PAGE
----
So what are judges looking for on bars? Like vault, falls are obvious deductions, and incur 1 point. Pauses and intermediate or empty swings also get large deductions, so you know how Spiridonova had those casts into handstand between some skills? If she had done two of those in a row, it would be considered an empty swing and get 0.5 off. A gymnast who hits the apparatus with her feet (like whacking her feet against the low bar in a giant swing) gets 0.3 off, and a gymnast who brushes her feet against the floor while performing an element gets 0.5 off.
Spiridonova didn’t have any of these bigger deductions going on, so all of hers came from smaller deductions that build up. Every handstand or pirouette that isn’t perfectly over the bar is deducted between 0.1-0.5 tenths, and Spiridnova definitely picks up a couple of tenths in that department. In her Hoefnagel, for example, you can see that when she completes the pirouette and regrasps the bar, she is definitely way off from hitting a vertical position.
The judges have a perfect view of her handstand angle sitting on the sides of the bars podium, so it’s a bit harder for us to tell head-on, but I’d say she’s about 30-45 degrees shy of vertical, which would incur a 0.3 deduction. Had she been just a hair shy of a vertical handstand, it would’ve been only 0.1 off, and had she regrasped the bar 45-90 degrees shy of handstand, it would’ve been 0.5 off.
As with vault, the dismount is subject to landing deductions, like 0.1 off for tiny hops or steps, and 0.3 off for larger hops and steps. In this routine she has a teeny tiny readjustment on the landing which would’ve been about 0.1 off. And also like vault, the gymnast’s form is taken into consideration, with legs glued, toes pointed, and elbows straight. Spiridonova has very nice form and technique overall so she is a bad example if you’re looking for these form deductions, but you could see a clear separation in her leg form when she released into the dismount, which definitely would’ve incurred about 0.1 in deductions.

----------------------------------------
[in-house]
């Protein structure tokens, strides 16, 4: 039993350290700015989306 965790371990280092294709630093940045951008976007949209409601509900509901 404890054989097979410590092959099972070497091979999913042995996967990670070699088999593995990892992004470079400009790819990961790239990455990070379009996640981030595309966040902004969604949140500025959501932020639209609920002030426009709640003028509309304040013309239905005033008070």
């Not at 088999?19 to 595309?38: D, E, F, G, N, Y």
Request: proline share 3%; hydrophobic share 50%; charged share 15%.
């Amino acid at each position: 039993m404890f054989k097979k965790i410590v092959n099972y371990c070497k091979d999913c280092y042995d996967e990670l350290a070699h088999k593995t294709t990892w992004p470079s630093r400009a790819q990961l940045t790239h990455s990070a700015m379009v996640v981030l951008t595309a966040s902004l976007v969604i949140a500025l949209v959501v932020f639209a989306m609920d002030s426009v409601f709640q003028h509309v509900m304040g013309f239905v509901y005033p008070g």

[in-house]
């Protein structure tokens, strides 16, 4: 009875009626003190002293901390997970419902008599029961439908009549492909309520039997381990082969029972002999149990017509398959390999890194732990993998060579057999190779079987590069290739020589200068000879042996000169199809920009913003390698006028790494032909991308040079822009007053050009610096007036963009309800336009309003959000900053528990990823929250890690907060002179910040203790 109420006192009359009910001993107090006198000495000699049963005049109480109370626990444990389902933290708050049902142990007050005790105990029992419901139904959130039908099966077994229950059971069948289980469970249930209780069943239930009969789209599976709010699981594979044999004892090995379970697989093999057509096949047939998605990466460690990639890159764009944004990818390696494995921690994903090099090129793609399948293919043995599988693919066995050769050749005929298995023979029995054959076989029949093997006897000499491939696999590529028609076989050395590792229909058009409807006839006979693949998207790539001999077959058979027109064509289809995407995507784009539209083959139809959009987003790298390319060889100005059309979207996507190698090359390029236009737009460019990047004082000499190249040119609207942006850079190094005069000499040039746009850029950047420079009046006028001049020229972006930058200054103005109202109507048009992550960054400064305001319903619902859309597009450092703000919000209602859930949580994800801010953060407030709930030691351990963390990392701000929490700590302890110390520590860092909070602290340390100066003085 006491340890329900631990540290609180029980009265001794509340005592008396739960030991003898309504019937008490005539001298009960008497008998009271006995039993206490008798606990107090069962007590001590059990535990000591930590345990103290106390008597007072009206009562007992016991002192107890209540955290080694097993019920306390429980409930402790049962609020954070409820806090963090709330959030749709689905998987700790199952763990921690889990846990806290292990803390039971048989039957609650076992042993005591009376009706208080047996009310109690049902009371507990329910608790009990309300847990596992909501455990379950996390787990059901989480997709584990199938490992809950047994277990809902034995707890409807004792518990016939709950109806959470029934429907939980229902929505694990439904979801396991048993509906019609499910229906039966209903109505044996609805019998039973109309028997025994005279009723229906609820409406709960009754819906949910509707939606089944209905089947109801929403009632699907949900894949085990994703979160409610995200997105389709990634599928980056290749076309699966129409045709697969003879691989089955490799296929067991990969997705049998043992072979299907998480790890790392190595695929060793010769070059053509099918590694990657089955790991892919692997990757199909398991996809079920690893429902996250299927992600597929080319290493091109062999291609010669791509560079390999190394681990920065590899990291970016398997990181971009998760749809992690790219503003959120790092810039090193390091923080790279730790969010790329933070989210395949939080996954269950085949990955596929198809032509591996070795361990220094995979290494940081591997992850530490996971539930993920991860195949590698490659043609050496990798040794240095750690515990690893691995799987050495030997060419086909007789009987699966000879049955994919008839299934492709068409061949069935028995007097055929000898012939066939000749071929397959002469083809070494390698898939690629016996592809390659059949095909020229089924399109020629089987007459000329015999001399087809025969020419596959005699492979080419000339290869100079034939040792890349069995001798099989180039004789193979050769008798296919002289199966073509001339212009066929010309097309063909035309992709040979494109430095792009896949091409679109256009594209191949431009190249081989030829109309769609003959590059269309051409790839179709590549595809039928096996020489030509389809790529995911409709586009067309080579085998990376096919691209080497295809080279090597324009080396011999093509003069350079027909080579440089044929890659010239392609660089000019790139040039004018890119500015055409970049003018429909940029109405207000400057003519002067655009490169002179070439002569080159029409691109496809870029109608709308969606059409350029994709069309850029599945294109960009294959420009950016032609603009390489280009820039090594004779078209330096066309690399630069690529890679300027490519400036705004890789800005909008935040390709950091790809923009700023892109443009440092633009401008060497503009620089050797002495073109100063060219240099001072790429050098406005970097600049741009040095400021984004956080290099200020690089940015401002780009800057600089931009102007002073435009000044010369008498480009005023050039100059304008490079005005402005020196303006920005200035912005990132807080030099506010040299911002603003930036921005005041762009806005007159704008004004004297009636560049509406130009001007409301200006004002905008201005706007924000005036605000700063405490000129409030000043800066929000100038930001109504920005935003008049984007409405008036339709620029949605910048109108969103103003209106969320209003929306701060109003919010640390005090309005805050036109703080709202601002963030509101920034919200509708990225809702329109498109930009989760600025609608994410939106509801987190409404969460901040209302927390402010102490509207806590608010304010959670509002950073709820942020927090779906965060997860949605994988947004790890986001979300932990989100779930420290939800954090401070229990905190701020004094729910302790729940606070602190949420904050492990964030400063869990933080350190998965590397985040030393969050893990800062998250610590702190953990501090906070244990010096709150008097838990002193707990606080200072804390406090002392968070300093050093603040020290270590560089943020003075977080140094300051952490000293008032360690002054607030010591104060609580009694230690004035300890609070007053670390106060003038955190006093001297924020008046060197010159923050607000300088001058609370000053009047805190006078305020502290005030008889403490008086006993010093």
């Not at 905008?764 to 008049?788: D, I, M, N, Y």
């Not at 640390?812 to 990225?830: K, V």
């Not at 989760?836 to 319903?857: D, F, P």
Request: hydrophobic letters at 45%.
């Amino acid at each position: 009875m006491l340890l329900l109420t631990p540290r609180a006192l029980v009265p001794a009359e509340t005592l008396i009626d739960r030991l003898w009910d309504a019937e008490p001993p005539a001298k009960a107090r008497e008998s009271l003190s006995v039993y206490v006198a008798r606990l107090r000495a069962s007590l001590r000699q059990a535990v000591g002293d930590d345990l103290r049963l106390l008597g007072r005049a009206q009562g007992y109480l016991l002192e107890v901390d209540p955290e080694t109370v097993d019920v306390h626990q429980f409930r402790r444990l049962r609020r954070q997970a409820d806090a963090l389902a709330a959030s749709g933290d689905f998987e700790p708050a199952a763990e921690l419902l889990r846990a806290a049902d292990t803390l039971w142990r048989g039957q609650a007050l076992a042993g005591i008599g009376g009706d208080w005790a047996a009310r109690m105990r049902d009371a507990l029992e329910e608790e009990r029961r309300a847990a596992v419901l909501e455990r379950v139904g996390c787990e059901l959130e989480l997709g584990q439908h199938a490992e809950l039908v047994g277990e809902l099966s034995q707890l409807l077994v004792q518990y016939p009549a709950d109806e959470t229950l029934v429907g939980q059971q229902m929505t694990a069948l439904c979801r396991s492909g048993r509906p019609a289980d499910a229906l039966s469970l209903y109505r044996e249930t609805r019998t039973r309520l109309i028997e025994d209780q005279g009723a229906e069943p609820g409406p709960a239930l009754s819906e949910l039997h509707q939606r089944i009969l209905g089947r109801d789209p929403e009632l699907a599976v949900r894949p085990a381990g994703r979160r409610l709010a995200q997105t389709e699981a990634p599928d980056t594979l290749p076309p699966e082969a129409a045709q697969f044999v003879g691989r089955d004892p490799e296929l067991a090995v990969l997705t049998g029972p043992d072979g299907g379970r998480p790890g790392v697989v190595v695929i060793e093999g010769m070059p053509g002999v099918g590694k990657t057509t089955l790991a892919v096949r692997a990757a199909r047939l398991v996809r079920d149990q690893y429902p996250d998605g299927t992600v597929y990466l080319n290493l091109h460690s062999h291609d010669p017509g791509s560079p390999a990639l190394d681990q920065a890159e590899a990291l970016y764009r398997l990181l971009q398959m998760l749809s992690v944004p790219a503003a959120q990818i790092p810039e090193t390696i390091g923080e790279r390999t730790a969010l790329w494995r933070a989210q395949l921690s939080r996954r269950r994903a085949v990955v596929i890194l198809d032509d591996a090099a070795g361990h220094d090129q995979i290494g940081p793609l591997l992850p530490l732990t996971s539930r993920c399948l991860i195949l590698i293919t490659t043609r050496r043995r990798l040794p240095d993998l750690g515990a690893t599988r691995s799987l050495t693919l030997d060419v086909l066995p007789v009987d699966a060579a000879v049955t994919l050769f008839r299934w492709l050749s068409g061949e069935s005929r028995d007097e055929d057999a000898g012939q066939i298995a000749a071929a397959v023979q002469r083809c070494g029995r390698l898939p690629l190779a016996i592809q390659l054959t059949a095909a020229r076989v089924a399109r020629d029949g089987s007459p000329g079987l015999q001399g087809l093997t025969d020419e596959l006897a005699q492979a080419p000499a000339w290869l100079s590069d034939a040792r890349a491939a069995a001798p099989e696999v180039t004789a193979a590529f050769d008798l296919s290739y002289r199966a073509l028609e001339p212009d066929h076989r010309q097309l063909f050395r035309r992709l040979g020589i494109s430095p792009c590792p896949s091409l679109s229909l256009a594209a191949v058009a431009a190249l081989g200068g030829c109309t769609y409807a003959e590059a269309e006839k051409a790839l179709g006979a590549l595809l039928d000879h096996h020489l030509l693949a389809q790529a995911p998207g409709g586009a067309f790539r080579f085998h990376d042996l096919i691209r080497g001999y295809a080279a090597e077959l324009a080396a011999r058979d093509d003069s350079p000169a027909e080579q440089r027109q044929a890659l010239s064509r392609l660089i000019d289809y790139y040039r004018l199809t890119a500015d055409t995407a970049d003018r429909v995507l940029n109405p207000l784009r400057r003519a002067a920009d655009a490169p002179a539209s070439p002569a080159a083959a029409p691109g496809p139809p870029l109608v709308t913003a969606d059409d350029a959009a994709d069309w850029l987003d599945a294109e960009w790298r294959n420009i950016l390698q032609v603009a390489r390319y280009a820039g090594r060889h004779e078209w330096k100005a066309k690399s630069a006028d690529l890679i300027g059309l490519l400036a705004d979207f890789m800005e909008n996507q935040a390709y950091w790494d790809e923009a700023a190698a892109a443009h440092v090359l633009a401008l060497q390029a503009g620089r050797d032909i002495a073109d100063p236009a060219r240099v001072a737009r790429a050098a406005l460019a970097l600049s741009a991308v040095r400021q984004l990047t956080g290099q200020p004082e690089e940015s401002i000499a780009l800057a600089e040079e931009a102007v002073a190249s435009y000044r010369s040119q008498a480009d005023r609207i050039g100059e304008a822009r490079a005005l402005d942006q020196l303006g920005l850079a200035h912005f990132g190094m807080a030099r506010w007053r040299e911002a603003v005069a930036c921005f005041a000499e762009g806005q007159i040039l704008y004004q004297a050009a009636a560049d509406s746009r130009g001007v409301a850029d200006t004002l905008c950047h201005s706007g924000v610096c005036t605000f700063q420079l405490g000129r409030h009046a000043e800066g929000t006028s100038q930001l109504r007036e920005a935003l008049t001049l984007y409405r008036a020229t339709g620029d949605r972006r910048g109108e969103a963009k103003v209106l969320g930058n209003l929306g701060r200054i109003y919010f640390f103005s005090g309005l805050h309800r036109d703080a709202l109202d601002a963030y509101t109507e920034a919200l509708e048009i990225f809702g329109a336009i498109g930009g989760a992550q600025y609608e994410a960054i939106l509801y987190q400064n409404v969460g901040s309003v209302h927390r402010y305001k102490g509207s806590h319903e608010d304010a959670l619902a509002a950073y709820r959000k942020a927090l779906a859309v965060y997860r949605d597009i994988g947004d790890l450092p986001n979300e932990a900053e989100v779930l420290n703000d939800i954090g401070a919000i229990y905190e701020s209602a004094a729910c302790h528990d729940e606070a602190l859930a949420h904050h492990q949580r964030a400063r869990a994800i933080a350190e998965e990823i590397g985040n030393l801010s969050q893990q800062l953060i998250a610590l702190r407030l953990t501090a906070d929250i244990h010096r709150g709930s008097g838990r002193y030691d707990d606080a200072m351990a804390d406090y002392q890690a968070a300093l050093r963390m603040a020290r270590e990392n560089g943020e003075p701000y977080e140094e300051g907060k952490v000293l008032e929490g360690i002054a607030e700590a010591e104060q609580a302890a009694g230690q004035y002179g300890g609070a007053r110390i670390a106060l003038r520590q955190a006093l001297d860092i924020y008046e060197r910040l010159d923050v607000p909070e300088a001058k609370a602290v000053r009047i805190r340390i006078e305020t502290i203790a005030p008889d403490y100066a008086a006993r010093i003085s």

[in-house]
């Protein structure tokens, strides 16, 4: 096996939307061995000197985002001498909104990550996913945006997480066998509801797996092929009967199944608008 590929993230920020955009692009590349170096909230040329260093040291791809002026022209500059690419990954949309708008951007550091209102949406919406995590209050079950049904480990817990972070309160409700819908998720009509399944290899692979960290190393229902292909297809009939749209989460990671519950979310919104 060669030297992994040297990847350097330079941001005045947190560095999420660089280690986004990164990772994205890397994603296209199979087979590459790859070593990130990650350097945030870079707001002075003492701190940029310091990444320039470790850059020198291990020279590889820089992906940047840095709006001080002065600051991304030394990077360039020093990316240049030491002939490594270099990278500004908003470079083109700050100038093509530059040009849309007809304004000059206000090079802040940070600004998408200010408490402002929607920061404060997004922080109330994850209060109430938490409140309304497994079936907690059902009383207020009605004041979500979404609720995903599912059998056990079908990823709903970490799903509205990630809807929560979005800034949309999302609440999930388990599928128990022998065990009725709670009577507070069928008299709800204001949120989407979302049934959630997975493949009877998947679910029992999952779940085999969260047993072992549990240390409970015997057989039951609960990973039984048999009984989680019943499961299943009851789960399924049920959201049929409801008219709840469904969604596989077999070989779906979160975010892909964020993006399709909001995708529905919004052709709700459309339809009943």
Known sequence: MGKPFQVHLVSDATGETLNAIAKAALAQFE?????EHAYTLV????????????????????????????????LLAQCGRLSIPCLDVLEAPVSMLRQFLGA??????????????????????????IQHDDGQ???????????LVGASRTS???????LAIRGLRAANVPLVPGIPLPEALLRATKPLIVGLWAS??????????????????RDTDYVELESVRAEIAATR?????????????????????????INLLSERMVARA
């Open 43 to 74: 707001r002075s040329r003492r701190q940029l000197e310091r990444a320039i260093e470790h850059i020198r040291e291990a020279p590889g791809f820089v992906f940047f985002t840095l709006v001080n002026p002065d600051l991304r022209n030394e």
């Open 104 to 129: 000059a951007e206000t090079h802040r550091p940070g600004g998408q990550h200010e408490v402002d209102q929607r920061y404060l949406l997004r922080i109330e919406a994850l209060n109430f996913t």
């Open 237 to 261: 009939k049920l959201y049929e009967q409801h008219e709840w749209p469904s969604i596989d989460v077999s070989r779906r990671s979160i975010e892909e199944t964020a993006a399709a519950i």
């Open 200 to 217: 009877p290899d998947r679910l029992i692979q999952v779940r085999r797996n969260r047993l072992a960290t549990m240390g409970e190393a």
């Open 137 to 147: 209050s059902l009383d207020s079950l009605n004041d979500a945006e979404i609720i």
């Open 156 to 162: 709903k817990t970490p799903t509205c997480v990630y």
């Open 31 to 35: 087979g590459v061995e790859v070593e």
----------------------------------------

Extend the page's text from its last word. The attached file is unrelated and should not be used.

These are the most common deductions, but a few others exist as well, like a lack of height in a release move. Gabby Douglas was known in 2012 for going sky-high in her Tkachev releases, but some gymnasts barely get over the bar. I call these “butt-grazers,” and they can get about 0.1-0.3 off in deductions.
Douglas never had to worry about getting a deduction for low Tkachevs, but look at Ivana Hong in the second image! She barely cleared the bar, and definitely would have incurred a 0.3 deduction for being that low. Now, it’s not really a fair comparison, because Hong was performing a Li Li, which is a super tricky combination of elements with a rarely-done clear pike support with full circle swing backwards into the Tkachev…but her lack of height is a good example of what the judges don’t want to see.
Another common deduction is poor rhythm. I keep talking about fluidity and how bars are all about fluid transitions and connections from skill to skill, but some gymnasts have very little rhythm between elements, which can be 0.1 off each time the judges notice a problem. For many of the top bar workers, like Spiridonova, fluidity and rhythm come naturally, but for those who aren’t naturals at swinging bars, a seemingly good routine can still incur a number of deductions when there are problems with rhythm.
There aren’t very many penalties on bars, so it’s rare to see a tenth off in the “ND” or neutral deduction column, but if a gymnast falls and fails to mount the bars again within 30 seconds she gets a 0.1 penalty and if the coach touches a gymnast while spotting, there’s another penalty there.
Okay, we’ve made some pretty good ground with the uneven bars and I hope I made it easy to understand what can be pretty complicated to follow! But if there’s something coming to your mind and if I failed to share a crucial piece of information, please ask away in the comment section.
Before we go, here’s the list of the most common uneven bars elements in the code of points along with their values, sorted by type of skill. I’m linking each skill to a gif, all of which are made by the fabulous candycoatteddoom, who has this full list of every uneven bars element on Wikia.
I also used more colloquial gym language than the code offers, so check Wikia for the language used in the code as well. As a note, any skill is implied to be a backwards skill in regular grip unless I write “front” or “forward” and include the grip name (for example, “forward giant in reverse grip with full turn to regular grip” in code language = “front giant full” colloquially).
Article by Lauren Hopkins